Mera Rubell — a 70-year-old formerly penniless Jewish Russian refugee turned Head Start teacher turned hotel mogul turned art collector extraordinaire — is the kind of person who just naturally acquires an entourage.
For example, a recent tour of Baltimore's art scene began quietly at 8:40 a.m. with just one car and six sleepy occupants. Eight hours later, the caravan that pulled up outside the Charles Village home of paper artist Cara Ober had grown to three vehicles containing at least 14 people, including four reporters and photographers.
The throng kept growing because Mera, who will permit herself to be addressed by no other name, embarks on off-the-wall adventures that also are lots of fun. On a late October weekend, she's visiting the studios of 37 Baltimore artists who were chosen by lottery from a pool of about 150. The whirlwind tour, which takes place in just 36 hours, was inspired by a similar marathon she conducted of Washington studios in 2009.
During her Baltimore visit, Mera was quietly evaluating the artists for inclusion in a group show she was arranging in a prestigious Manhattan gallery — though the painters and sculptors didn't know that yet. They thought they were being considered for "Select 2014," an exhibit sponsored by the Washington Project for the Arts that opens Feb. 27, and for which Mera is one of eight guest curators.
They were indeed being evaluated for the Northern Virginia show. But that wasn't the headline.
"Shhhh," Mera says. "Don't tell them. It's supposed to be a surprise."
(Later, photographer Alessandra Torres would write in an email that upon receiving the phone call informing her that she was among the 19 artists selected for both shows, first she screamed, and then she started laughing. "The entire experience is like an art fairy tale," Torres wrote, "just like the movie version of 'Great Expectations.' ")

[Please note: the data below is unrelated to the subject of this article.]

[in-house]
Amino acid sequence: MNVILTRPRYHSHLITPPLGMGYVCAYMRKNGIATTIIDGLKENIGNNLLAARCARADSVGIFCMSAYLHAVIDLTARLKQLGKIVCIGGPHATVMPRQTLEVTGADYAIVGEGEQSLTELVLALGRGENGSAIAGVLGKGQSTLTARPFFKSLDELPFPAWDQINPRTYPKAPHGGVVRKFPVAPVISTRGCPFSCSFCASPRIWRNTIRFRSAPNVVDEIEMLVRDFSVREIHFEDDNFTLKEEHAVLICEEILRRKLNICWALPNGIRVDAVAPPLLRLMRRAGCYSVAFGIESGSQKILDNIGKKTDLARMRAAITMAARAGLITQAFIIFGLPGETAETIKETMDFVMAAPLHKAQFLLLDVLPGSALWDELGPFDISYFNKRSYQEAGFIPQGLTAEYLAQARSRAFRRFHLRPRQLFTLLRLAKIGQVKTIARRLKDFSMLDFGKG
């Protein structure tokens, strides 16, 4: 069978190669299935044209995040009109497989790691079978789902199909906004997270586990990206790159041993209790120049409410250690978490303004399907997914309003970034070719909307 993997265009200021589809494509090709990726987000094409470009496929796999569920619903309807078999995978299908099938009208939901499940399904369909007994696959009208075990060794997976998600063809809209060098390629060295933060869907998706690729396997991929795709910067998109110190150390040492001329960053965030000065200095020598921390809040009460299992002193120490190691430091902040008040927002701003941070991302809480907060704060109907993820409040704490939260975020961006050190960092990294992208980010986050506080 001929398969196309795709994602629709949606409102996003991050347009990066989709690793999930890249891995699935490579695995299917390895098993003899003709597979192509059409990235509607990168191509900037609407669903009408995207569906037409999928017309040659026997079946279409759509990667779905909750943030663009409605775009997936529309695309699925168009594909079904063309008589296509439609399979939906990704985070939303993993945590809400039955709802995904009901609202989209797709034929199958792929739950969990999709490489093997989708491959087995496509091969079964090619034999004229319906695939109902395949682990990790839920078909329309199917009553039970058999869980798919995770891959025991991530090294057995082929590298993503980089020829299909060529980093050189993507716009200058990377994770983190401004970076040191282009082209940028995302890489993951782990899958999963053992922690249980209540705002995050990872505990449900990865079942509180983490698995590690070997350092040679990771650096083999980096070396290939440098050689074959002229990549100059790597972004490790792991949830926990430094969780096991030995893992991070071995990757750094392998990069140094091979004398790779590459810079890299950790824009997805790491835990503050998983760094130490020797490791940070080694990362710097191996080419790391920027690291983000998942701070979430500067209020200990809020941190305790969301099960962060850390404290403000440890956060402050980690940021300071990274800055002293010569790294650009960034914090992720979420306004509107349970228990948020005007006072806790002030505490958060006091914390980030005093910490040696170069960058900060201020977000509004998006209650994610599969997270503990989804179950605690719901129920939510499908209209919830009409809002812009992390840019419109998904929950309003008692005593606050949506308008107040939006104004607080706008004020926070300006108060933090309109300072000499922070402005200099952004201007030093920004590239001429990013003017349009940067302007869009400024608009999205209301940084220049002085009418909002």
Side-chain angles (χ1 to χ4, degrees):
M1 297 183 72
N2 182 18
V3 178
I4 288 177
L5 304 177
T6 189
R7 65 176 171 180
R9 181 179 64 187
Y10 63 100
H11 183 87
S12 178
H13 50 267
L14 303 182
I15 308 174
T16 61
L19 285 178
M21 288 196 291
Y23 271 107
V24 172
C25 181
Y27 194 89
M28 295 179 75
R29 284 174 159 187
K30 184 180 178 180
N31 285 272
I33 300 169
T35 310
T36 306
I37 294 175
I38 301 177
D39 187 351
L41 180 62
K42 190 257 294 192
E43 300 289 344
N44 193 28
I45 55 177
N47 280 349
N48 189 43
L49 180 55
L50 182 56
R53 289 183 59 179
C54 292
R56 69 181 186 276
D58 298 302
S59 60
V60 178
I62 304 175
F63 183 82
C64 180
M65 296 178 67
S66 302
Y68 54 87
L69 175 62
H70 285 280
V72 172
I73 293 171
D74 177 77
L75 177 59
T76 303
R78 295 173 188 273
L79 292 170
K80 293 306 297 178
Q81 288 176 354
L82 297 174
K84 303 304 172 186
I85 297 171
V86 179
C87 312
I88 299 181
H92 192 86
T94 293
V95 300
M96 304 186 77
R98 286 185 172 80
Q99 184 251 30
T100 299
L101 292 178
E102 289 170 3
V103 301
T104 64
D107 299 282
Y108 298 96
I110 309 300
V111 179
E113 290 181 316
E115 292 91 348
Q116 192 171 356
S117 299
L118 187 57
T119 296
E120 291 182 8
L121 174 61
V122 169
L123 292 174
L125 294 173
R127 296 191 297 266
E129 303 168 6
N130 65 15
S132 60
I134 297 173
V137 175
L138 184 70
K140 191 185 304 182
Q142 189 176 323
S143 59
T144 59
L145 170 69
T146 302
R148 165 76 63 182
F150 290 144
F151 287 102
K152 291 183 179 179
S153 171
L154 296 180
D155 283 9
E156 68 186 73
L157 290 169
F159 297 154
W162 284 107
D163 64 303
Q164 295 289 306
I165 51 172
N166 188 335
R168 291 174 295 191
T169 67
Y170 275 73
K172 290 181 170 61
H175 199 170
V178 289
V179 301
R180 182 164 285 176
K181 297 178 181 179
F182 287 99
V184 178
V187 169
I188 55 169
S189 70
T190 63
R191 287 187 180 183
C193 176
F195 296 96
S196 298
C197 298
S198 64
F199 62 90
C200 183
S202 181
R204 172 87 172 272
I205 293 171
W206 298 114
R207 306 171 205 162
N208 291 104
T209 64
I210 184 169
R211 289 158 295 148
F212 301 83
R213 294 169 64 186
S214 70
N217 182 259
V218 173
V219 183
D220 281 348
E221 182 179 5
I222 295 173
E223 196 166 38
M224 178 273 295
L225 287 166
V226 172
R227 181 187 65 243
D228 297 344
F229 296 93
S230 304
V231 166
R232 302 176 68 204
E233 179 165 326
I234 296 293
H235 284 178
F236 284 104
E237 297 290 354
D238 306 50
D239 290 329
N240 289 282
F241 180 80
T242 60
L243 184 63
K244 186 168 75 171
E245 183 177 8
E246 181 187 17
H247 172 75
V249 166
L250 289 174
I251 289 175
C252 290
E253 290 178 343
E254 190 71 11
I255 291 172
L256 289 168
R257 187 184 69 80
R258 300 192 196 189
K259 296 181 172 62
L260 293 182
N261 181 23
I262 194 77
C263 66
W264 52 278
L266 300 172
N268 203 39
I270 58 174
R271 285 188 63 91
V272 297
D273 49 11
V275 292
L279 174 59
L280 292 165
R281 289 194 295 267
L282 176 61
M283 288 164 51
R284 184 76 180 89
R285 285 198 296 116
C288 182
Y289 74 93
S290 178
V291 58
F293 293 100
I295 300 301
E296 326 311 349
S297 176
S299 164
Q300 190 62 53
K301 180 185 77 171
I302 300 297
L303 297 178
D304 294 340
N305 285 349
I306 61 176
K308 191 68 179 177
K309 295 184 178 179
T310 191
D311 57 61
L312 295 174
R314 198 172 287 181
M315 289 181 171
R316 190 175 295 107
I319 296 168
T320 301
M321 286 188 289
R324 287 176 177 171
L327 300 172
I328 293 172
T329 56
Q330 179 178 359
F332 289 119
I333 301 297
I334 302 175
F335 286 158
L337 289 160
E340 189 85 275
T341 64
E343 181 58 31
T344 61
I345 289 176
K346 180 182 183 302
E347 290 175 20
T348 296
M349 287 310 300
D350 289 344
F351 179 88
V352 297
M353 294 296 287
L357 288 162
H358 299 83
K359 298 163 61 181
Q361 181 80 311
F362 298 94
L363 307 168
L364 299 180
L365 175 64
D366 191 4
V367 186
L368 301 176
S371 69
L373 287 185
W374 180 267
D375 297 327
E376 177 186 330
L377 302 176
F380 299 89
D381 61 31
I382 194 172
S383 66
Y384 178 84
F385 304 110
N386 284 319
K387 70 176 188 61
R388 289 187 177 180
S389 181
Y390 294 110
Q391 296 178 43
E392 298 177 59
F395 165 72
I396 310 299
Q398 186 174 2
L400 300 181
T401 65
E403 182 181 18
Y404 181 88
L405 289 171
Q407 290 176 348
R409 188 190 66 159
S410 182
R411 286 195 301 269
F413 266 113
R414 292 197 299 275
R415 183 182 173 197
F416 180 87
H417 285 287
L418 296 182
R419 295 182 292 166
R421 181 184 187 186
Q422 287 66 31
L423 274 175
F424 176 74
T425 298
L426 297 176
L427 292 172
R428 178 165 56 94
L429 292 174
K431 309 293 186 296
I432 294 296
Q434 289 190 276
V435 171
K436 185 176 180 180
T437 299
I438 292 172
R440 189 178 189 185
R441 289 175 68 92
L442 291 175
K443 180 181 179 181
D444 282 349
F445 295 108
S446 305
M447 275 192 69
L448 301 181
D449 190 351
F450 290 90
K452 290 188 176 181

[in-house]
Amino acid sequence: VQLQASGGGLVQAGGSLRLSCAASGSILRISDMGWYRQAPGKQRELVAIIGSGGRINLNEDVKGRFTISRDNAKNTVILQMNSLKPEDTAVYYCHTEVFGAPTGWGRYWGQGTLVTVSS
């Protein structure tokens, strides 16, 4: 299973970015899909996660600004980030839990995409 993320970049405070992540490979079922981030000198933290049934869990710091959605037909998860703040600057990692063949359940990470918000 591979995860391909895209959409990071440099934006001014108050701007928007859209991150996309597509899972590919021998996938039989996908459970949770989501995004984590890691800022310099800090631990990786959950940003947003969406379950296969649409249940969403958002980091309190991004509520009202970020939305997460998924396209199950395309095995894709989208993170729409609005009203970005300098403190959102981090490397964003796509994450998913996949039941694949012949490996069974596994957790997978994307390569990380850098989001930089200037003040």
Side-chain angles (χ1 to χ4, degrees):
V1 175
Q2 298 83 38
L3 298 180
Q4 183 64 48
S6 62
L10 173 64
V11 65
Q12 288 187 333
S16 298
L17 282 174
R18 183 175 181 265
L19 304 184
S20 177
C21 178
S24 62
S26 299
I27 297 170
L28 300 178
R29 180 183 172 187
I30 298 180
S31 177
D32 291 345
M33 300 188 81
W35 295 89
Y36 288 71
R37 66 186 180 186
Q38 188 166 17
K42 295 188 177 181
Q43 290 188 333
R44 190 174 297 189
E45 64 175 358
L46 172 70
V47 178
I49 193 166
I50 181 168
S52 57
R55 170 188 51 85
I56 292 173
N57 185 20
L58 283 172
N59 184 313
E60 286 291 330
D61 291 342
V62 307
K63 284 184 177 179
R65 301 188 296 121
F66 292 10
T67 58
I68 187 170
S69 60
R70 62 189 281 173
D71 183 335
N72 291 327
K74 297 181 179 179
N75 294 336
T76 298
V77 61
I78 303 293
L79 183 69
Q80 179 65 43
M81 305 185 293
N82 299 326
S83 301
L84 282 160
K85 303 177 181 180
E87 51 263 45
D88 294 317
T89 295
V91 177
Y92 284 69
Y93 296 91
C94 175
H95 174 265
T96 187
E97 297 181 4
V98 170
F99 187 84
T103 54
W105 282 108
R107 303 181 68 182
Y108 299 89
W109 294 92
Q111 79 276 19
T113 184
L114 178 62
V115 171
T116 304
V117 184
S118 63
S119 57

Not that the artists needed an incentive. They would gladly open their studios at any hour for the Rubells. Mera, her husband, Don, and their two grown children have put together what they describe as one of the largest private holdings of contemporary art in the world.
The couple began purchasing art in the mid-1960s when Mera was a Head Start teacher and Don was in medical school. They allocated 25 percent of Mera's then-weekly salary of $100 to buy original art — and still spend roughly the same proportion of their income on contemporary paintings and sculptures. They were among the earliest collectors of such future superstars as Jeff Koons, Cindy Sherman and Richard Prince. Now the Rubell Family Collection is housed in a 45,000-square-foot museum in Miami, and the couple divide their time between Florida and New York.
Mera's energy is irresistible. Arms akimbo, she enthuses past all obstacles. The cookies and pastries that artists put out for each 20-minute studio visit are abundant and homemade. They satisfy an appetite the visitors didn't even know they had — just like the art hanging on the studio walls.